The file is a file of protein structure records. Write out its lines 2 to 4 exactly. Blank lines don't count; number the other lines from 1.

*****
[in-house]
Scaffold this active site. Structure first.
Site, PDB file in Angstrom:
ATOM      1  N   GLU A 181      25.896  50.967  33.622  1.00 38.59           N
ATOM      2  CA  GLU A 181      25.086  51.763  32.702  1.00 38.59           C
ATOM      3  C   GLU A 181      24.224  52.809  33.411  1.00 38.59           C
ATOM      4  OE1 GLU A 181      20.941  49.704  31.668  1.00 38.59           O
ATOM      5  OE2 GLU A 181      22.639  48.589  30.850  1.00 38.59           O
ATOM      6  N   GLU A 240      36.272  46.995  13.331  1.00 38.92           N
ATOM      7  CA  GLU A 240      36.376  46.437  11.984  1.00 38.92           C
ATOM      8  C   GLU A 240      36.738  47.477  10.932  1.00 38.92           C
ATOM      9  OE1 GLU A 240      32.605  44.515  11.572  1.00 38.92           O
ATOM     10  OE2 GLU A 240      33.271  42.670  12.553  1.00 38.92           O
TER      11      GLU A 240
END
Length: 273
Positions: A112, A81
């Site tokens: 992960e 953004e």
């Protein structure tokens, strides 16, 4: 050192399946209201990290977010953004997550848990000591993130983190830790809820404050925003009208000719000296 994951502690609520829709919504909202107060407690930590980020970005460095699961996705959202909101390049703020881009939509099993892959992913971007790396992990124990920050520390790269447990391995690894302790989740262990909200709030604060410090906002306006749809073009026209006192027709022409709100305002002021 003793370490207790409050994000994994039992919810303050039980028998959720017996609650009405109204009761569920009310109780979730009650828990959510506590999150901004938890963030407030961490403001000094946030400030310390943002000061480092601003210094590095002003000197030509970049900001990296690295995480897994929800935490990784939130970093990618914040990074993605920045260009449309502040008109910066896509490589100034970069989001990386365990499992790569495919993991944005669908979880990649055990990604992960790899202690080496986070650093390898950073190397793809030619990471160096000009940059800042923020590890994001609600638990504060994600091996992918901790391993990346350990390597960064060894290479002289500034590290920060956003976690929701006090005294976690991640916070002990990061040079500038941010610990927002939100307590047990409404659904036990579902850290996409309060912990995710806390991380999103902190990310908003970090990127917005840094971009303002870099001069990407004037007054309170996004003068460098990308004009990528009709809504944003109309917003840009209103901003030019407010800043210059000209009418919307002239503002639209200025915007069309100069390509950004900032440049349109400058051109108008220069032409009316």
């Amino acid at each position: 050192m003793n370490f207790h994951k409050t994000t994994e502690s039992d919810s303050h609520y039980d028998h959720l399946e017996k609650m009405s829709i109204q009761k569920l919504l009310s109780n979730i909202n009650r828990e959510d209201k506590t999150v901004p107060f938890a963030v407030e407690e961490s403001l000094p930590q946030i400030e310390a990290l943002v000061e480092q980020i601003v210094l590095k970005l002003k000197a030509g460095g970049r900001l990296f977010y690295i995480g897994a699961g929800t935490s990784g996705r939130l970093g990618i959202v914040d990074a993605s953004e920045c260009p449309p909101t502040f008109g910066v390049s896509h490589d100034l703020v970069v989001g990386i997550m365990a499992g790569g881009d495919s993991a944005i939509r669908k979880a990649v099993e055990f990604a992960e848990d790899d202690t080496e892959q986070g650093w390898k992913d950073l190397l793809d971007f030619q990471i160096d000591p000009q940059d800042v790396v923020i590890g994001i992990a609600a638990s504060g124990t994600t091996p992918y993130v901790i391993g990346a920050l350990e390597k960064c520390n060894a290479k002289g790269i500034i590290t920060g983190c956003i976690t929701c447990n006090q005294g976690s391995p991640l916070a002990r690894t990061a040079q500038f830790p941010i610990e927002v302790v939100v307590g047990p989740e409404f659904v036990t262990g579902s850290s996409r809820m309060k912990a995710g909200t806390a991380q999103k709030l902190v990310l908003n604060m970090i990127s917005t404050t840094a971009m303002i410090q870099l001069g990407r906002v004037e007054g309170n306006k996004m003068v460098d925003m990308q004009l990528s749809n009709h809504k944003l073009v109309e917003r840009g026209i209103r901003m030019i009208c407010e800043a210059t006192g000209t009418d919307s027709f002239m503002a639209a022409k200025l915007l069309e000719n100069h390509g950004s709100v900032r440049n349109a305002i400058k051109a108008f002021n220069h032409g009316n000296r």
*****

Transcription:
Scaffold this active site. Structure first.
Site, PDB file in Angstrom:
ATOM      1  N   GLU A 181      25.896  50.967  33.622  1.00 38.59           N